Guest Blog: Gary Allen, CEO

It has been estimated that 4.4 million Australians live with disability, 2.1 million of whom are of working age (Australian Network on Disability 2020). However, research by the Productivity Commission has found that people with disability are among the most disadvantaged in Australia (Productivity Commission 2011), with low participation rates resulting in reduced income.

Statistics tell us that 45% of people with disability live on, or near the poverty line (PricewaterhouseCoopers 2011) and that 95% of working-age people with disability who are unemployed or not currently in the labour force are finding it difficult to find appropriate work for a variety of reasons, including unavailability of workplace adjustments and sadly, discrimination.

1.   You are a very passionate spokesperson for equity, diversity and advocating for equal opportunities in employment. Do you have any early experiences that shaped your drive to help others and work in this area?

I am a self-confessed workaholic and I have realised how much self-satisfaction and affirmation I get from operating my for-profit company. Having looked at uses of the Patreon platform, I have realised how it could be used to monetise a hobby or craft. As my own disability has progressed, I have been thinking of how I can continue to do gig-based work after I’ve had to give ‘normal’ work away. So, from that perspective, I have a very personal insight into how somebody who lives with a disability could continue to contribute and hopefully make a little money. 

I am by predilection, a progressive, consequently the exclusion/prejudice/discrimination against people who live with a disability boils my blood. 

My social media work for AHRECS ( has shown me how powerful and audience-building daily posts can be. It occurred to me I should be using my platform and experience to make a positive contribution. 

To be bleak for a second, I am very conscious that there will come a time when I will be less able to advocate for myself. So, building a platform like is exactly the kind of thing I might hope will be around down the track.

2.   Can you tell us about your early-stage start-up and where the idea for your business platform was born?

The initial impetus for came from myself and a friend attending a couple of events focused upon employment and disability. It strikes me that enterprise established via a sheltered workshop model may not always utilise the expertise that people with disabilities have, and that in 2021, there is a range of employment models that may better support this diversity in capability offering.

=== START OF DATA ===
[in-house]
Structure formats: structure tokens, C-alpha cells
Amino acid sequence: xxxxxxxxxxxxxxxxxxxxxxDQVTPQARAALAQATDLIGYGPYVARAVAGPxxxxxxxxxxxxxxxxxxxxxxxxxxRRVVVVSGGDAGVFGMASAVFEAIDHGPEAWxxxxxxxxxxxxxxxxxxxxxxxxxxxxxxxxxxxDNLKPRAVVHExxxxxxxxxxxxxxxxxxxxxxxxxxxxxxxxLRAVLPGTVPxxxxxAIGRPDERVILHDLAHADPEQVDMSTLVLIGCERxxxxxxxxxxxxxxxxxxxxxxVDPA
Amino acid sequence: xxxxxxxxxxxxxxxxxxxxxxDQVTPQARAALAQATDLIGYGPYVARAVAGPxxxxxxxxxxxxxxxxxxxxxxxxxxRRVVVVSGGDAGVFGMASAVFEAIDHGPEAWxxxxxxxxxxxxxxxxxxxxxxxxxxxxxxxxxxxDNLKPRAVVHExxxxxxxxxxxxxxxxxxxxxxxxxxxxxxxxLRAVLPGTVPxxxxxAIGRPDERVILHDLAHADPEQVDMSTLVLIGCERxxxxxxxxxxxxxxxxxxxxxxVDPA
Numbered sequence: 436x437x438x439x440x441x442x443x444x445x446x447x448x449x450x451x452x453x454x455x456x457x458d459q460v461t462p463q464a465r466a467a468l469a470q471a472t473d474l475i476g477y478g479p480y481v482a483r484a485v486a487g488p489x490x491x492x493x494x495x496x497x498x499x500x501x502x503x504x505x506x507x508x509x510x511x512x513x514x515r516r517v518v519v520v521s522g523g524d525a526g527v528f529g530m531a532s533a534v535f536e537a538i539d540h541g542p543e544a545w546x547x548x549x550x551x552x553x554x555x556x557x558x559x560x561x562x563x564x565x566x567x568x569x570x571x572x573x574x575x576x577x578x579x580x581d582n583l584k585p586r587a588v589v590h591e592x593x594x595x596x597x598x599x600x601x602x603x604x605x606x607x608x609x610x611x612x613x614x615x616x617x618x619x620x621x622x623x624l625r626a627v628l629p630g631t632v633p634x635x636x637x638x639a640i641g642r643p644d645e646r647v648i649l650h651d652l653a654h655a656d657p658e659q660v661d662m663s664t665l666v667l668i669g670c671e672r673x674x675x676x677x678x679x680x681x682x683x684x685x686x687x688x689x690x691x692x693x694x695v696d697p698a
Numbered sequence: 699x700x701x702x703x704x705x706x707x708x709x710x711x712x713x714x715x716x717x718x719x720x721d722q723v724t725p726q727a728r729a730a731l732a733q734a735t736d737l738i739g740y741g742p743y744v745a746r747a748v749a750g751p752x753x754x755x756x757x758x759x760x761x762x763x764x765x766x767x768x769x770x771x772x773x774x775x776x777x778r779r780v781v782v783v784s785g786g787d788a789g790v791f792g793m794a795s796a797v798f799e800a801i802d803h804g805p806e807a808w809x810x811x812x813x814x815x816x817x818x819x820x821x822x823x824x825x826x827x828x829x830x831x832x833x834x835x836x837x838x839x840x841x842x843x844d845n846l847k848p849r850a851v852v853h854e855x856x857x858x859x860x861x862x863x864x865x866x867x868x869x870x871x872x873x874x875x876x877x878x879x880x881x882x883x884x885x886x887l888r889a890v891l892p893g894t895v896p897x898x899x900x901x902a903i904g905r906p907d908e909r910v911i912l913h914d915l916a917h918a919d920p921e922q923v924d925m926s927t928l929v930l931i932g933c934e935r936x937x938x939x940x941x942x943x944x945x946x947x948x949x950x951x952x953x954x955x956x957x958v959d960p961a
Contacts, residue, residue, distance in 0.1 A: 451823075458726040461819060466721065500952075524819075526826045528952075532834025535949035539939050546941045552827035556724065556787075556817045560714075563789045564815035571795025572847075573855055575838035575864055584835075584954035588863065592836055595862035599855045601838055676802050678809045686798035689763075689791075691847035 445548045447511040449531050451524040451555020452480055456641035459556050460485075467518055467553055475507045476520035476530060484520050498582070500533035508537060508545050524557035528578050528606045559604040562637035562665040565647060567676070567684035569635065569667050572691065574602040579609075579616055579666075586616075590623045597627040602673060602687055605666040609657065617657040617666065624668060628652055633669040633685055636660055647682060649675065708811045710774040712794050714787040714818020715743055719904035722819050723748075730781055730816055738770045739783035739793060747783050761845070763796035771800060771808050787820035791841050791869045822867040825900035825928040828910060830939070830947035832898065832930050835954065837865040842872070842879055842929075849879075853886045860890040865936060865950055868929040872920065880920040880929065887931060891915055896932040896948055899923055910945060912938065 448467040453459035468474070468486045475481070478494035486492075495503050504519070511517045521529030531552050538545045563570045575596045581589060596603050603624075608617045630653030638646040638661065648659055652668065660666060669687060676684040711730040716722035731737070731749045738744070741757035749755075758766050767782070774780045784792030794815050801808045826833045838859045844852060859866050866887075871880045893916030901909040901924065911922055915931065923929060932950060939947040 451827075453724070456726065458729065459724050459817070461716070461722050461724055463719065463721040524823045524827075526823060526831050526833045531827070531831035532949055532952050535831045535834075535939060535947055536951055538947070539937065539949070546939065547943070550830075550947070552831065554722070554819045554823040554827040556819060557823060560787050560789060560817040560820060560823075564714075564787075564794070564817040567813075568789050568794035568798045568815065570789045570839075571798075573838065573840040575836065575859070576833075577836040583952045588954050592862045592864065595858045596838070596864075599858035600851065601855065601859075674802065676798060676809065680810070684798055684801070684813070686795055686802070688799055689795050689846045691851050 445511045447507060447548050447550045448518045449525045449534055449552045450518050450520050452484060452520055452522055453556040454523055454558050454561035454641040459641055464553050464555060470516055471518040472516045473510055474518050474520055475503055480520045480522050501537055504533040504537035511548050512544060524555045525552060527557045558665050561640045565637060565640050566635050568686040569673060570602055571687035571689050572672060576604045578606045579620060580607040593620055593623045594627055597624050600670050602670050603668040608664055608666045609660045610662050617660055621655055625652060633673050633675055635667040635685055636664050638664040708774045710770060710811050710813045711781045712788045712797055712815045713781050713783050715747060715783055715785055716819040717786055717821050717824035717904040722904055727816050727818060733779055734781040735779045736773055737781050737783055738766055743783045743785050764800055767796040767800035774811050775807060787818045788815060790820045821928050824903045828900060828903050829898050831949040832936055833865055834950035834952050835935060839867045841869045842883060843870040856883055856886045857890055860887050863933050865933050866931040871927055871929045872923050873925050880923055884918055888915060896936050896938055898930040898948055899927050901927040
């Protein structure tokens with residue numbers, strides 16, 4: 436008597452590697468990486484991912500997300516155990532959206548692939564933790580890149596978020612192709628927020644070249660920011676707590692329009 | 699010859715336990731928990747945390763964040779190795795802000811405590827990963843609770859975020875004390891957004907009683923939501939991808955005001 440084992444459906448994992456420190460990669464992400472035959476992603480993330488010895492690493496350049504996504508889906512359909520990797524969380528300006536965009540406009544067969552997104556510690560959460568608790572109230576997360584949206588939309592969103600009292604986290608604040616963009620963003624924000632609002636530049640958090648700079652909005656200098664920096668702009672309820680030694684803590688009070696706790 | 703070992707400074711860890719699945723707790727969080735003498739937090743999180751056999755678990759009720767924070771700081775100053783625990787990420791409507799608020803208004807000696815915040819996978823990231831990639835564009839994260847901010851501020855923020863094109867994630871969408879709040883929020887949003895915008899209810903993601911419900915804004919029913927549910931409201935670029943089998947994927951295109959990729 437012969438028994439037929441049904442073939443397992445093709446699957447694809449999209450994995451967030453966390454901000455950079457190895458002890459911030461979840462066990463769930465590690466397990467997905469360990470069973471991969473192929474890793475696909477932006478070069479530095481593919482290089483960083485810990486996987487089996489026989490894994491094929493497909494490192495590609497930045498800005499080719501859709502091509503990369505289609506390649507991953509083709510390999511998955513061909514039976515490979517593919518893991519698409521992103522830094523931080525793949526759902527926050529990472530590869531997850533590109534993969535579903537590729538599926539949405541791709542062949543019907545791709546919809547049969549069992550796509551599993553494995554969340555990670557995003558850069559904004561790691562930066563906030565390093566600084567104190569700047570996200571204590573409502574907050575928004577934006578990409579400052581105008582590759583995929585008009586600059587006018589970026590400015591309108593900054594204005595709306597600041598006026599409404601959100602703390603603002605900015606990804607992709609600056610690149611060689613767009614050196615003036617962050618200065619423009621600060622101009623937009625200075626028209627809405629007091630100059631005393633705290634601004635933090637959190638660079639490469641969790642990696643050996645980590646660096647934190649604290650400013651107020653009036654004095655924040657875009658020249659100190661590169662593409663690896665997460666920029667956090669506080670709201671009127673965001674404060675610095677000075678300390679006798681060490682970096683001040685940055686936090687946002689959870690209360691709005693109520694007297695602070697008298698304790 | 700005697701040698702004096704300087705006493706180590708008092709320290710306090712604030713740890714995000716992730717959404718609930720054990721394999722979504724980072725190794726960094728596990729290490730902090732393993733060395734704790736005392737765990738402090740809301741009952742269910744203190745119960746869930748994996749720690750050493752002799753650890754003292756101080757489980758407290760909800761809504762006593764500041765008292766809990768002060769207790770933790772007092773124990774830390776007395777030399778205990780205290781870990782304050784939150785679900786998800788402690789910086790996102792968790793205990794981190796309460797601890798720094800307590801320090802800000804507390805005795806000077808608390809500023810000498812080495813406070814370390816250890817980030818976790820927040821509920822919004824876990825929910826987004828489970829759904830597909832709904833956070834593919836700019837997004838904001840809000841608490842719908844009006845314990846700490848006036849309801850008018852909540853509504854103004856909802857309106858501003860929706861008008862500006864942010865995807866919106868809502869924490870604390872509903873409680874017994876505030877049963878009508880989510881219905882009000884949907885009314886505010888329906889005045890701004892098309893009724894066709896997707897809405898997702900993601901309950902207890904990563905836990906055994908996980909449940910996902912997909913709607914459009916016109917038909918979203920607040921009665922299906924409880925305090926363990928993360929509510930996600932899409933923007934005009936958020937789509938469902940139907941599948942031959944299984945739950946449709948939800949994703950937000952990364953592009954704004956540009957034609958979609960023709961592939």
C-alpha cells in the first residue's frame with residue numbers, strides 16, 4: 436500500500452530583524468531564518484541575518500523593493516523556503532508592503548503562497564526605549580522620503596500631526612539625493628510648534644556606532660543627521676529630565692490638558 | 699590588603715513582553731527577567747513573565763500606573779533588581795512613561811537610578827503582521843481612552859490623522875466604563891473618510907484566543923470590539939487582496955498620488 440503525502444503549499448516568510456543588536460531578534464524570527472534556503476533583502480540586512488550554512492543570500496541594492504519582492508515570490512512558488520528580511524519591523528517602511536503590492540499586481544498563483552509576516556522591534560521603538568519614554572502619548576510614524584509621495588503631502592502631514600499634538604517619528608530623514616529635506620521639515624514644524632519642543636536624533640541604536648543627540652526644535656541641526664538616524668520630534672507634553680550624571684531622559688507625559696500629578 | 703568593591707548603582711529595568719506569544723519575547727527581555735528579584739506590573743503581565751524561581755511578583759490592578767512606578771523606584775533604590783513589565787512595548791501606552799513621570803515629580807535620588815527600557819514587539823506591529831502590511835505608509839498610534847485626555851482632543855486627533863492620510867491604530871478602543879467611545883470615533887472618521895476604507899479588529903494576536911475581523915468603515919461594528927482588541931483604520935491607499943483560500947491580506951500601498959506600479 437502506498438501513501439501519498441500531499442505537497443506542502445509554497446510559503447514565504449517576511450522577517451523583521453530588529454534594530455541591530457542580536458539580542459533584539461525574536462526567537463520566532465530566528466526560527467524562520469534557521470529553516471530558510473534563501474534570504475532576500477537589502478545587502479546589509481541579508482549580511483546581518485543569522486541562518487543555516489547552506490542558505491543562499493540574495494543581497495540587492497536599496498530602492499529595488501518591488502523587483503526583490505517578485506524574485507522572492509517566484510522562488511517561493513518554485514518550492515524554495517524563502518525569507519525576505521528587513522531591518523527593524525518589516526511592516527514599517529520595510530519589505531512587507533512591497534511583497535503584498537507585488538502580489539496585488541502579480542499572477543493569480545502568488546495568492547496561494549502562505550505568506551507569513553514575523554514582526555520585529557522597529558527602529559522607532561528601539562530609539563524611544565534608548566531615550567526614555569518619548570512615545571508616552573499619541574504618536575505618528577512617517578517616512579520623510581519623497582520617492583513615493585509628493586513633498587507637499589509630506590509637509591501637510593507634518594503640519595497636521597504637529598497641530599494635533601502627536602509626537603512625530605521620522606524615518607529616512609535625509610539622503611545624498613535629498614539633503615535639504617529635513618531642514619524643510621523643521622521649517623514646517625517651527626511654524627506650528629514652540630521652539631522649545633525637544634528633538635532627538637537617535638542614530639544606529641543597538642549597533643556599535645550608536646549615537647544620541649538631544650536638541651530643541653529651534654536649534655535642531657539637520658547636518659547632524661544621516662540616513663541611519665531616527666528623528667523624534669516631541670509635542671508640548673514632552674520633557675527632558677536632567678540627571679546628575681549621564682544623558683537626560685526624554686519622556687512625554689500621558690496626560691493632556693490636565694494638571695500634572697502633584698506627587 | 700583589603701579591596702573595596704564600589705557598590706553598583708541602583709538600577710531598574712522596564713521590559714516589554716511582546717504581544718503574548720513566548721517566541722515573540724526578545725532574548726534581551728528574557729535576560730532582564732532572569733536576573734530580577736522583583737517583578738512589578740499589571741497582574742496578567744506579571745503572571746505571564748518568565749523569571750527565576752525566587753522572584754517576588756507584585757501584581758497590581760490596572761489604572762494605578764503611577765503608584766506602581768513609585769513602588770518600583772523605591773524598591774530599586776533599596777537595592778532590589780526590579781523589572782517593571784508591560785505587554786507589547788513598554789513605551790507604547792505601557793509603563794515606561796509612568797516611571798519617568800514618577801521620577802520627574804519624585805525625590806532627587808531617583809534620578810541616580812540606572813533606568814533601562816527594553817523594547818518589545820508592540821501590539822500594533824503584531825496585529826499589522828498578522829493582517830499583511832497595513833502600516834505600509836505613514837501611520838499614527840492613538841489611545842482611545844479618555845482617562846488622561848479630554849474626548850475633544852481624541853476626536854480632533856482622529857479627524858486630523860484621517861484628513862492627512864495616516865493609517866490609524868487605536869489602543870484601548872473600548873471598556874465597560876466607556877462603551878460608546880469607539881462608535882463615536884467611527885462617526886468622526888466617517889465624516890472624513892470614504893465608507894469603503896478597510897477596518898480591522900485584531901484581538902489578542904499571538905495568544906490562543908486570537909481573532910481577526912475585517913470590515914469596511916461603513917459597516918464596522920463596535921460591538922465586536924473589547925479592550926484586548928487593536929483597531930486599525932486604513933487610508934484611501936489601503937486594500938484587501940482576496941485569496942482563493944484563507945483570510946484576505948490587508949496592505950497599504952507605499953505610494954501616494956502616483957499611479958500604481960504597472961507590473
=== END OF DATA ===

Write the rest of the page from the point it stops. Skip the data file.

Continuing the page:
3.   What services does offer for people with disability and potential employers?

The services the platform will offer will include:

(i)            Mentoring

(ii)          An internal discussion board/peer support board

(iii)         A resource library and newsroom

(iv)         Webinars and online events

(iv)         Micro-courses (linked to Griffith University)

(v)           A blog and quarterly newsletter

(vi)          An online marketplace (The BAZAAR) linked to

Our services will be billable to the NDIS as well as payable by other means for those people without an NDIS plan.

4.   Has the coronavirus pandemic in Australia, and particularly in South East Queensland, impacted the employment prospects for people with disabilities – we are interested in both the good and bad aspects of this.  For example, one of the good aspects may be working remotely from home, in one’s own environment with access to inclusive communication technologies such as Microsoft Teams, not needing to commute to work and flexible working conditions/hours.

This is probably one of the few times a person can genuinely say this, COVID-19 has actually been helpful for One of the things the pandemic and lockdowns have shown is working from home and remote connections work. This is precisely the type of work that would come from many of the member endeavours. 

What it did do, is for a time, it was almost impossible to find funding for something other than helping existing businesses survive and evolve for the new economic context. There are at least now more opportunities for social enterprises. 

The sad reality is, employing someone who is living with a disability can be regarded as a luxury and the first thing to be cut when budgets are tight. The hope is, as more disability endeavours are set up, it will be recognised that the disability community have attractive and very useful skills/experience/knowledge to share.

5.   Are you affiliated with the NDIS or Job Access? In what way?